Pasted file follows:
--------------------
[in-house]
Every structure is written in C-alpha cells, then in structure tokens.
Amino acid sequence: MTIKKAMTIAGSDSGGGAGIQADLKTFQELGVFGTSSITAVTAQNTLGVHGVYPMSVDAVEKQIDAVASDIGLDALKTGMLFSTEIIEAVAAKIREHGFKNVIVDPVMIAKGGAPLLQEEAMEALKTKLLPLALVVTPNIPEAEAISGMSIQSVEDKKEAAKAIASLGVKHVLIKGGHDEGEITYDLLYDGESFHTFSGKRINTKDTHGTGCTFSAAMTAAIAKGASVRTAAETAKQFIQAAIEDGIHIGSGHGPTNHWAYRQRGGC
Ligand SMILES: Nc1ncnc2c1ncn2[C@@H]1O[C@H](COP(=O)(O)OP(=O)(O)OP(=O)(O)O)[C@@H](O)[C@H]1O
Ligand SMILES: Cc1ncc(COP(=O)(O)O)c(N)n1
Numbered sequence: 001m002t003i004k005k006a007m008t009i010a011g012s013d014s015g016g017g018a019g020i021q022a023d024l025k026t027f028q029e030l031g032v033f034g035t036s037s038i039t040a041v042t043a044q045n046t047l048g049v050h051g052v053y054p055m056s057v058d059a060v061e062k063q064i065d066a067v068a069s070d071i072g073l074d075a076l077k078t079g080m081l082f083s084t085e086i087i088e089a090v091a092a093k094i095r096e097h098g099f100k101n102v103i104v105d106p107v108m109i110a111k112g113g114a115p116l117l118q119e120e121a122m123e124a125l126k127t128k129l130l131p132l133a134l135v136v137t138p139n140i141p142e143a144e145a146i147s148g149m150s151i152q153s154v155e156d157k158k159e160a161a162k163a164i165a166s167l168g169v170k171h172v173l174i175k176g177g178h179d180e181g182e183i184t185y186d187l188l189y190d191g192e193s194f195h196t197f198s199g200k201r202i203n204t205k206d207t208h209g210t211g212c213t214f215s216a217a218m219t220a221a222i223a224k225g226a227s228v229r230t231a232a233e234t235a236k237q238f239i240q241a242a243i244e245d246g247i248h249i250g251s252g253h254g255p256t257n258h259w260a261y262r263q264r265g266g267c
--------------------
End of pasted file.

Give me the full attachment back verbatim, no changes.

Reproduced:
[in-house]
Every structure is written in C-alpha cells, then in structure tokens.
Amino acid sequence: MTIKKAMTIAGSDSGGGAGIQADLKTFQELGVFGTSSITAVTAQNTLGVHGVYPMSVDAVEKQIDAVASDIGLDALKTGMLFSTEIIEAVAAKIREHGFKNVIVDPVMIAKGGAPLLQEEAMEALKTKLLPLALVVTPNIPEAEAISGMSIQSVEDKKEAAKAIASLGVKHVLIKGGHDEGEITYDLLYDGESFHTFSGKRINTKDTHGTGCTFSAAMTAAIAKGASVRTAAETAKQFIQAAIEDGIHIGSGHGPTNHWAYRQRGGC
Ligand SMILES: Nc1ncnc2c1ncn2[C@@H]1O[C@H](COP(=O)(O)OP(=O)(O)OP(=O)(O)O)[C@@H](O)[C@H]1O
Ligand SMILES: Cc1ncc(COP(=O)(O)O)c(N)n1
Numbered sequence: 001m002t003i004k005k006a007m008t009i010a011g012s013d014s015g016g017g018a019g020i021q022a023d024l025k026t027f028q029e030l031g032v033f034g035t036s037s038i039t040a041v042t043a044q045n046t047l048g049v050h051g052v053y054p055m056s057v058d059a060v061e062k063q064i065d066a067v068a069s070d071i072g073l074d075a076l077k078t079g080m081l082f083s084t085e086i087i088e089a090v091a092a093k094i095r096e097h098g099f100k101n102v103i104v105d106p107v108m109i110a111k112g113g114a115p116l117l118q119e120e121a122m123e124a125l126k127t128k129l130l131p132l133a134l135v136v137t138p139n140i141p142e143a144e145a146i147s148g149m150s151i152q153s154v155e156d157k158k159e160a161a162k163a164i165a166s167l168g169v170k171h172v173l174i175k176g177g178h179d180e181g182e183i184t185y186d187l188l189y190d191g192e193s194f195h196t197f198s199g200k201r202i203n204t205k206d207t208h209g210t211g212c213t214f215s216a217a218m219t220a221a222i223a224k225g226a227s228v229r230t231a232a233e234t235a236k237q238f239i240q241a242a243i244e245d246g247i248h249i250g251s252g253h254g255p256t257n258h259w260a261y262r263q264r265g266g267c